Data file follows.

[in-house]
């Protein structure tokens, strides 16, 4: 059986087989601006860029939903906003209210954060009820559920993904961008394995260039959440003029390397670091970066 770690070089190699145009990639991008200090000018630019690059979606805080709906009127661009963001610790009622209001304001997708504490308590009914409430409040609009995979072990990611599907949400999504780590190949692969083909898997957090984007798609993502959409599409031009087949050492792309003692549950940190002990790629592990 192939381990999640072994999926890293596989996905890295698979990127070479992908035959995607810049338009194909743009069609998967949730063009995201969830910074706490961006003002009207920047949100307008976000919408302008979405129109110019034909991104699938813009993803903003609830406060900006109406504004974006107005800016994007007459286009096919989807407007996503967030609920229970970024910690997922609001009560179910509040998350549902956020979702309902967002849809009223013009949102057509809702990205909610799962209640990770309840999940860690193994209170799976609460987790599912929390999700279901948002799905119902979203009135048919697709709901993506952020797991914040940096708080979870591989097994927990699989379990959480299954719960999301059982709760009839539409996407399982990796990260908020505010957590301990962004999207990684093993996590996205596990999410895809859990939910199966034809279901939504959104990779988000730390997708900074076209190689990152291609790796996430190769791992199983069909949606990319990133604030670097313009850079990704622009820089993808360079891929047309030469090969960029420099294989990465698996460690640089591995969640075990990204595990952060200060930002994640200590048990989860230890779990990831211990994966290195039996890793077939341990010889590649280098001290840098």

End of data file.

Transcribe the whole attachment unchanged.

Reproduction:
[in-house]
């Protein structure tokens, strides 16, 4: 059986087989601006860029939903906003209210954060009820559920993904961008394995260039959440003029390397670091970066 770690070089190699145009990639991008200090000018630019690059979606805080709906009127661009963001610790009622209001304001997708504490308590009914409430409040609009995979072990990611599907949400999504780590190949692969083909898997957090984007798609993502959409599409031009087949050492792309003692549950940190002990790629592990 192939381990999640072994999926890293596989996905890295698979990127070479992908035959995607810049338009194909743009069609998967949730063009995201969830910074706490961006003002009207920047949100307008976000919408302008979405129109110019034909991104699938813009993803903003609830406060900006109406504004974006107005800016994007007459286009096919989807407007996503967030609920229970970024910690997922609001009560179910509040998350549902956020979702309902967002849809009223013009949102057509809702990205909610799962209640990770309840999940860690193994209170799976609460987790599912929390999700279901948002799905119902979203009135048919697709709901993506952020797991914040940096708080979870591989097994927990699989379990959480299954719960999301059982709760009839539409996407399982990796990260908020505010957590301990962004999207990684093993996590996205596990999410895809859990939910199966034809279901939504959104990779988000730390997708900074076209190689990152291609790796996430190769791992199983069909949606990319990133604030670097313009850079990704622009820089993808360079891929047309030469090969960029420099294989990465698996460690640089591995969640075990990204595990952060200060930002994640200590048990989860230890779990990831211990994966290195039996890793077939341990010889590649280098001290840098």